Gospel of John Fragment, Papyrus 52 (ca. 125 CE), John Rylands Library, Manchester, UK
“History is written by the victors,” Winston Churchill famously observed. Nowhere is this more evident than in the Christian church. In the early fourth century as Christianity triumphed under Constantine, Rome’s first Christian emperor, Eusebius wrote his authoritative Ecclesiastical History, which created the image of Christianity as an orthodoxy community under the leadership of a continuous succession of theologically orthodox bishops. That narrative went largely unchallenged until the twentieth century.
Seventy-five years ago a German theologian named Walter Bauer published his book Orthodoxy and Heresy in Earliest Christianity, which replaced Eusebius’s triumphalist vision with a more realistic picture of Christian origins. Like abstract art Bauer’s image of the Christian past was a lot messier than earlier ones. Christianity was initially more diverse and less dogmatic than previously assumed. In recent years North Carolina Professor Bart D. Ehrman has popularized Bauer’s thesis in the English-speaking world.
If the church was more diverse in its infancy than previously thought, how can we be sure that it picked the right sacred texts? Protestants insist on the primacy of biblical over institutional authority, but ask Protestant pastors or theologians why the 27 books of the New Testament are the correct ones and they’ll sing a Catholic tune. They’ll quote church councils and church fathers like Athenasius’s Festal Letter of 367 CE, which was a product of the pivotal fourth century, as was the Nicene Creed.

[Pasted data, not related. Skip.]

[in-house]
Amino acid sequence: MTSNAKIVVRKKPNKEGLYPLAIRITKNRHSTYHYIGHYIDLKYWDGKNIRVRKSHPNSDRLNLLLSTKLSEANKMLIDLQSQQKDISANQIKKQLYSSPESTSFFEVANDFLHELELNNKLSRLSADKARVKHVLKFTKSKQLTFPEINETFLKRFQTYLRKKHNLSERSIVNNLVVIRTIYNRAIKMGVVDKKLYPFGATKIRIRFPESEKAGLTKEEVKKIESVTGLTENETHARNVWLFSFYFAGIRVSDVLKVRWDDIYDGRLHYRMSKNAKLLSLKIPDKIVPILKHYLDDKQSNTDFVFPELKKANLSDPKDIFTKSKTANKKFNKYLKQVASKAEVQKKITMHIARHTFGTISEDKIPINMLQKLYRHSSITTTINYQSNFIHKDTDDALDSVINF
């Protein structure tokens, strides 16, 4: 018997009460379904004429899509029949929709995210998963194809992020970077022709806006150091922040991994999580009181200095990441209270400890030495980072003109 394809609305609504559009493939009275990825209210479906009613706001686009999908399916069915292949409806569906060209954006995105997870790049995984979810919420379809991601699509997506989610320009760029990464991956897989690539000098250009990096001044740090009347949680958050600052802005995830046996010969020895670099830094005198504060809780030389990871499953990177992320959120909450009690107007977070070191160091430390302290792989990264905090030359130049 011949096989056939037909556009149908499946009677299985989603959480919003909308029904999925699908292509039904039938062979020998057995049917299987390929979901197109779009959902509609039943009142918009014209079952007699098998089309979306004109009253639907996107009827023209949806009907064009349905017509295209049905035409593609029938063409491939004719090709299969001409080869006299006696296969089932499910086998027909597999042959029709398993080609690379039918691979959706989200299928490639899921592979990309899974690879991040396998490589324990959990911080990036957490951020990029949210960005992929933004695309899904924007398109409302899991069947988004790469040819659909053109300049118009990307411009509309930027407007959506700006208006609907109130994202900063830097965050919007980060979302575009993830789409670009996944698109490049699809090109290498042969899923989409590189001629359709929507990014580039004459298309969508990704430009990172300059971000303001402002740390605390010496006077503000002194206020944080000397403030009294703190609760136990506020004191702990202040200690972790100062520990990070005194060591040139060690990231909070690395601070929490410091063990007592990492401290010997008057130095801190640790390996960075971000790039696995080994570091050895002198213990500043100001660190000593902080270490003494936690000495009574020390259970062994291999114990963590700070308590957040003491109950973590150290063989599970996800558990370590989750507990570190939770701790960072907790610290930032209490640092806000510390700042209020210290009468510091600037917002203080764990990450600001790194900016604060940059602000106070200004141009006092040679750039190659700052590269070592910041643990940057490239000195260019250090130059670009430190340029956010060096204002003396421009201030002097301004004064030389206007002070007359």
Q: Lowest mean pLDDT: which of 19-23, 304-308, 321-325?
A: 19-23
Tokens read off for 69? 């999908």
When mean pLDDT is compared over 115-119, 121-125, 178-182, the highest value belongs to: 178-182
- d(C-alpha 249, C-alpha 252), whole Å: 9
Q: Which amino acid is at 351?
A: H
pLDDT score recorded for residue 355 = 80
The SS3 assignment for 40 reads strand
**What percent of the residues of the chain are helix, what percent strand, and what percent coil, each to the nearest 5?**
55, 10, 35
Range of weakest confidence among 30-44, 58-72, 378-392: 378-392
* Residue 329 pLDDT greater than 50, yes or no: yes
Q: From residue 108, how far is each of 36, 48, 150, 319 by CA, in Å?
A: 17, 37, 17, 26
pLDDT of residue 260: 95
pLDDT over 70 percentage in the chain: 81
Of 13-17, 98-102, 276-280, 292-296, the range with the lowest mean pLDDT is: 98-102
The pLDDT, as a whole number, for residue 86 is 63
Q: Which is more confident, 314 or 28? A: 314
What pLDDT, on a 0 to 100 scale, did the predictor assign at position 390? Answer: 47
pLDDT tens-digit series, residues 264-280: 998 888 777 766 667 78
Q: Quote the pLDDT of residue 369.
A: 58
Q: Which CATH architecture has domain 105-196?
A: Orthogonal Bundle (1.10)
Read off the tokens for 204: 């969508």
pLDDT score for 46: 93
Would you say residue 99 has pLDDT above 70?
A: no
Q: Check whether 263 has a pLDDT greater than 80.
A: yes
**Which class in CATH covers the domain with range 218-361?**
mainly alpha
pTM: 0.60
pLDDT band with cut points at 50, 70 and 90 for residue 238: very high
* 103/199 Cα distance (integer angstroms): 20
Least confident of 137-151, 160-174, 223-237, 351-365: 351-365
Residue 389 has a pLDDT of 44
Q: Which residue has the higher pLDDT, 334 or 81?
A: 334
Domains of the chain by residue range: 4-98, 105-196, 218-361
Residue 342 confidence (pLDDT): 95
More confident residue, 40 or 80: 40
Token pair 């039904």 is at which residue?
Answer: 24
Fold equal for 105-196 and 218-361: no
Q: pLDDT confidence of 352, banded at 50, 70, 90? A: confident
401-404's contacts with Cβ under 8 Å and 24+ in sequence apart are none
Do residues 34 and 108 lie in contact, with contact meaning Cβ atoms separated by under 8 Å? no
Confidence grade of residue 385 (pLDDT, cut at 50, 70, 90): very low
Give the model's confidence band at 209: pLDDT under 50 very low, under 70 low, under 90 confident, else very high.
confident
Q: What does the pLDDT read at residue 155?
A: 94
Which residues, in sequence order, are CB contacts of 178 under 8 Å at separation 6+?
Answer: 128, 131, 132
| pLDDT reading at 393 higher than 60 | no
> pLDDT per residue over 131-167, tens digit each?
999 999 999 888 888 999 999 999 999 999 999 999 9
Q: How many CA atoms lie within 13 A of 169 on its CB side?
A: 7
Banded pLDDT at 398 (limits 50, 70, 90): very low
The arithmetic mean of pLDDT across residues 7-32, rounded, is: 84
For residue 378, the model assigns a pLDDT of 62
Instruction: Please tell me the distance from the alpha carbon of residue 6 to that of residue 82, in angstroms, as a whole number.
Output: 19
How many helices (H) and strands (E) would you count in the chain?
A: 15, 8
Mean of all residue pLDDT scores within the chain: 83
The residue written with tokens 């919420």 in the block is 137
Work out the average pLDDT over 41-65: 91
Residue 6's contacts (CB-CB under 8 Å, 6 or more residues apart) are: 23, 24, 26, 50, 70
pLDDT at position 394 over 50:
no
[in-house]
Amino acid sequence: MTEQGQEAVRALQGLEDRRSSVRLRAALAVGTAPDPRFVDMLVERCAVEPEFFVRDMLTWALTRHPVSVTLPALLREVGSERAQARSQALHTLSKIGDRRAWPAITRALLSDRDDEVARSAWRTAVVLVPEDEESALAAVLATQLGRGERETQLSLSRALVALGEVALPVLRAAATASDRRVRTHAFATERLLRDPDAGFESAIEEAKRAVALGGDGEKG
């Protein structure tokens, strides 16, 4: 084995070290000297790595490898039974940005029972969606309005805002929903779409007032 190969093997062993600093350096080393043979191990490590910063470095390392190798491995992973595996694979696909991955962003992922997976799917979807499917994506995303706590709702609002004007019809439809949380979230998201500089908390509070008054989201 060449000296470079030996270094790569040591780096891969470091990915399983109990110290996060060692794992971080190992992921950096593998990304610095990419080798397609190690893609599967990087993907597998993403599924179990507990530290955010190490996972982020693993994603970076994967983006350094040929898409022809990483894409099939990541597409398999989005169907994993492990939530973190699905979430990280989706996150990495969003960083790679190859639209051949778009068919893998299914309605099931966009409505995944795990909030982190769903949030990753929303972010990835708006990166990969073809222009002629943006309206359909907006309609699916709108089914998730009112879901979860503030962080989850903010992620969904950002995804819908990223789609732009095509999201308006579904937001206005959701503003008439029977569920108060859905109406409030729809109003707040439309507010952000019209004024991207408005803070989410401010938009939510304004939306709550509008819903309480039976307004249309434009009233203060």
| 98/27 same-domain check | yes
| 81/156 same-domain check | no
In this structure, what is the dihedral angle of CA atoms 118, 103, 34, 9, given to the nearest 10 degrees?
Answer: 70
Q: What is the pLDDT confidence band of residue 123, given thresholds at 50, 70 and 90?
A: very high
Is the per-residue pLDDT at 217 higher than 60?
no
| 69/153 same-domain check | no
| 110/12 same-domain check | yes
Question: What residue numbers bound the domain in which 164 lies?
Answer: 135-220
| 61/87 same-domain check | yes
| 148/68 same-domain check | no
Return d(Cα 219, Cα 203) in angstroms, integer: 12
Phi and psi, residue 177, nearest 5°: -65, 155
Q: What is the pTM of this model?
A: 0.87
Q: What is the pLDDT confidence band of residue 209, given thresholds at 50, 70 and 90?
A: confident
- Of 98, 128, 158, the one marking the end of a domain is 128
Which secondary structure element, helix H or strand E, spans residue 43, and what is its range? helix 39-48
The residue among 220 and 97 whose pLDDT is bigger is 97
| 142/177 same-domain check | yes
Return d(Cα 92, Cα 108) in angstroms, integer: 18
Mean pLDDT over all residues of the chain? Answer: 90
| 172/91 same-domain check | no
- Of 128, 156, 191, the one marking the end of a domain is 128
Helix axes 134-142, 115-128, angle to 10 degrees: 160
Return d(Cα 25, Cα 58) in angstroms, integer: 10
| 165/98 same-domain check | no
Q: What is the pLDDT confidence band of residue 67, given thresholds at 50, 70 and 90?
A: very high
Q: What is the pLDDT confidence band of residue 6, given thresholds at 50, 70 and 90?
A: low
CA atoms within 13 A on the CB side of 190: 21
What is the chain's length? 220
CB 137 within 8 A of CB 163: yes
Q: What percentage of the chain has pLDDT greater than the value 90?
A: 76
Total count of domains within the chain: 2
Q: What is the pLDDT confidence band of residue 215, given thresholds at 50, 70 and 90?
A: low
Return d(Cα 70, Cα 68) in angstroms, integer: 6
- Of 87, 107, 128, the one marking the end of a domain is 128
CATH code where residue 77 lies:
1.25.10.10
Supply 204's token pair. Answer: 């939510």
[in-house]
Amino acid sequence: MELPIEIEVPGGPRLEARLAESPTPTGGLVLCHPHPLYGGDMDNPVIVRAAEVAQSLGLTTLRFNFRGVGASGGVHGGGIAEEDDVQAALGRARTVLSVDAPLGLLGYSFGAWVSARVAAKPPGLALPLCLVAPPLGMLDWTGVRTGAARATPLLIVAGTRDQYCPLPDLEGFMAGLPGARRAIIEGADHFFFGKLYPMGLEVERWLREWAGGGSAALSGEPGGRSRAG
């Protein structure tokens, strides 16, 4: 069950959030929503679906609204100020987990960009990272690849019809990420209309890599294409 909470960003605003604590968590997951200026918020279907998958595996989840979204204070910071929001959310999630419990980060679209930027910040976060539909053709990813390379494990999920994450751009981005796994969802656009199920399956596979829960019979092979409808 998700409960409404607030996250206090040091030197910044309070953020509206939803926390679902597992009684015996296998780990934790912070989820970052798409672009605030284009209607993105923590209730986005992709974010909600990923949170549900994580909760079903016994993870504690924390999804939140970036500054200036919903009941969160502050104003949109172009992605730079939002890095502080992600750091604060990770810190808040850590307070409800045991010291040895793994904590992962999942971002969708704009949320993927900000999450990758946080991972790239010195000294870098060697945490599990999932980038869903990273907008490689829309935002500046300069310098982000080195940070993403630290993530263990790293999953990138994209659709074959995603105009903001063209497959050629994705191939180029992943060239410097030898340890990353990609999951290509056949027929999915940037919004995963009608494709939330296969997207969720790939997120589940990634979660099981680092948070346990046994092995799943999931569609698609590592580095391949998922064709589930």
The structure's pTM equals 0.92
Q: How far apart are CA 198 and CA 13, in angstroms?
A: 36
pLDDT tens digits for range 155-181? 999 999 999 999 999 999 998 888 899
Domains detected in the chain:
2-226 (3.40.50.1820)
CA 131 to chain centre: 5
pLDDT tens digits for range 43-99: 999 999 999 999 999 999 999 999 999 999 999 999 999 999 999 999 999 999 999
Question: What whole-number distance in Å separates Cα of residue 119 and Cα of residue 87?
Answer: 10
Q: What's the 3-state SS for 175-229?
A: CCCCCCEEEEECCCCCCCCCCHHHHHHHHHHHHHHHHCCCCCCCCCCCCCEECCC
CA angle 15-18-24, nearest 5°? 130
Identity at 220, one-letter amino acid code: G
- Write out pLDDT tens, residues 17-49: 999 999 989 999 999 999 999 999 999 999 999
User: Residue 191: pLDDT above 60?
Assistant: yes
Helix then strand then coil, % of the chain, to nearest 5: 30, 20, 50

In 1945 Egyptian farmers at Nag Hammadi discovered an earthenware jar with a dozen ancient books made of papyrus. These books contained fifty-some Gnostic texts, used by an early sect of Christianity. Among these was the famous Gospel of Thomas, which contains “the secret sayings that the living Jesus spoke and Didymos Judas Thomas recorded,” according to its opening words.
Elaine Pagels, Harrington Spear Paine Professor of Religion at Princeton, has made a career of studying the Gospel of Thomas and other Gnostic texts. She is the author of Beyond Belief, a thoughtful book in which she compares the Gospel of Thomas with the canonical Gospel of John and finds the former more to her liking. Pagels rejects the church of Eusebius and his heirs with its dogmatic creeds and exclusivity of salvation in Christ alone. She finds more comfort in a non-creedal, pluralistic faith—one that is more in line with Thomas’s Gospel than John’s.
Part of the problem with any reconstruction of early Christian history is the limited number of sources outside the New Testament. We just don’t know exactly how widespread Gnosticism and other sectarian movements were. The scholarship of Bauer, Ehrman, Pagels, and others provides a healthy corrective to the monolithic view of Christianity during the first three centuries. So much so that we would be better off talking about “Christianities” rather than a singular unified movement when referring to the earliest period of church history. Then as now, diversity is both a strength and weakness of Christian religion.
As a Baptist I don’t believe anything simply because a church council or bishop decreed it. On the other hand I’m no conspiracy theorist and I’m not ready to take a cut-and-paste approach to the biblical canon. Just because the victors wrote the history books, that doesn’t mean the vanquished are right.